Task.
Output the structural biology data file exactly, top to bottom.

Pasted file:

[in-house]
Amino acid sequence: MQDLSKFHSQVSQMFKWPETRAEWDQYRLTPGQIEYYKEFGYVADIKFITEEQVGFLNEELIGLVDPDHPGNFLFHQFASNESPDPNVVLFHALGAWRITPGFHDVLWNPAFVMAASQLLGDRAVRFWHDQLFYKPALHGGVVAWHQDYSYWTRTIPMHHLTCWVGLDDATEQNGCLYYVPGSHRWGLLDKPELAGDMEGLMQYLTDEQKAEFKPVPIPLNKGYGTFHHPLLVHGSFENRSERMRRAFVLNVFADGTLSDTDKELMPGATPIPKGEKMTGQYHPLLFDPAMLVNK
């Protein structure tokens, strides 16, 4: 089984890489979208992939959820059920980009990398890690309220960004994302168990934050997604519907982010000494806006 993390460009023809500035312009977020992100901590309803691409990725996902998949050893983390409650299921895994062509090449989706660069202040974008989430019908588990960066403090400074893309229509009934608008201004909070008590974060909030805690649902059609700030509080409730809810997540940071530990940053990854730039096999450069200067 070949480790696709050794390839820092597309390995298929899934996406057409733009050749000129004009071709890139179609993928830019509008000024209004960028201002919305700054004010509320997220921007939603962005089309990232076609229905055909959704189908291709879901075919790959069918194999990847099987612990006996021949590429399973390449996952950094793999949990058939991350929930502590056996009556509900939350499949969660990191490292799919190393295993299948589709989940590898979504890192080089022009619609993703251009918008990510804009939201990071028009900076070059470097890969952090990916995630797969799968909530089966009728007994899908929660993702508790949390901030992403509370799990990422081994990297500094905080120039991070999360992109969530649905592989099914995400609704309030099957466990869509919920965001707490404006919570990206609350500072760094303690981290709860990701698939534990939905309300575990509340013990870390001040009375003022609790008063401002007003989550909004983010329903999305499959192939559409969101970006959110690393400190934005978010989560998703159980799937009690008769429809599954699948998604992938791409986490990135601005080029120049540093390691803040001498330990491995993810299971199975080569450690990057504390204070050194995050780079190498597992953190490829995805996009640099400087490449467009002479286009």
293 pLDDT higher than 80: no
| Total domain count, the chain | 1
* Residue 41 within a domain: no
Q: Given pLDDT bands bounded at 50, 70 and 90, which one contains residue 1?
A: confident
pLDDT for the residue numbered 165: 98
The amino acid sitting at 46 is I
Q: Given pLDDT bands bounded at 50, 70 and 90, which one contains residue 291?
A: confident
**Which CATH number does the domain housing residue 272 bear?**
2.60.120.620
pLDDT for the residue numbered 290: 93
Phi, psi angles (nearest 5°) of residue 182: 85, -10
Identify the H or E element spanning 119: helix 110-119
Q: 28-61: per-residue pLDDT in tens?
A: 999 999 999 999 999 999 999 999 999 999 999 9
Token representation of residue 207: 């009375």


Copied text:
[in-house]
Amino acid sequence: MQDLSKFHSQVSQMFKWPETRAEWDQYRLTPGQIEYYKEFGYVADIKFITEEQVGFLNEELIGLVDPDHPGNFLFHQFASNESPDPNVVLFHALGAWRITPGFHDVLWNPAFVMAASQLLGDRAVRFWHDQLFYKPALHGGVVAWHQDYSYWTRTIPMHHLTCWVGLDDATEQNGCLYYVPGSHRWGLLDKPELAGDMEGLMQYLTDEQKAEFKPVPIPLNKGYGTFHHPLLVHGSFENRSERMRRAFVLNVFADGTLSDTDKELMPGATPIPKGEKMTGQYHPLLFDPAMLVNK
């Protein structure tokens, strides 16, 4: 089984890489979208992939959820059920980009990398890690309220960004994302168990934050997604519907982010000494806006 993390460009023809500035312009977020992100901590309803691409990725996902998949050893983390409650299921895994062509090449989706660069202040974008989430019908588990960066403090400074893309229509009934608008201004909070008590974060909030805690649902059609700030509080409730809810997540940071530990940053990854730039096999450069200067 070949480790696709050794390839820092597309390995298929899934996406057409733009050749000129004009071709890139179609993928830019509008000024209004960028201002919305700054004010509320997220921007939603962005089309990232076609229905055909959704189908291709879901075919790959069918194999990847099987612990006996021949590429399973390449996952950094793999949990058939991350929930502590056996009556509900939350499949969660990191490292799919190393295993299948589709989940590898979504890192080089022009619609993703251009918008990510804009939201990071028009900076070059470097890969952090990916995630797969799968909530089966009728007994899908929660993702508790949390901030992403509370799990990422081994990297500094905080120039991070999360992109969530649905592989099914995400609704309030099957466990869509919920965001707490404006919570990206609350500072760094303690981290709860990701698939534990939905309300575990509340013990870390001040009375003022609790008063401002007003989550909004983010329903999305499959192939559409969101970006959110690393400190934005978010989560998703159980799937009690008769429809599954699948998604992938791409986490990135601005080029120049540093390691803040001498330990491995993810299971199975080569450690990057504390204070050194995050780079190498597992953190490829995805996009640099400087490449467009002479286009």
293 pLDDT higher than 80: no
| Total domain count, the chain | 1
* Residue 41 within a domain: no
Q: Given pLDDT bands bounded at 50, 70 and 90, which one contains residue 1?
A: confident
pLDDT for the residue numbered 165: 98
The amino acid sitting at 46 is I
Q: Given pLDDT bands bounded at 50, 70 and 90, which one contains residue 291?
A: confident
**Which CATH number does the domain housing residue 272 bear?**
2.60.120.620
pLDDT for the residue numbered 290: 93
Phi, psi angles (nearest 5°) of residue 182: 85, -10
Identify the H or E element spanning 119: helix 110-119
Q: 28-61: per-residue pLDDT in tens?
A: 999 999 999 999 999 999 999 999 999 999 999 9
Token representation of residue 207: 């009375």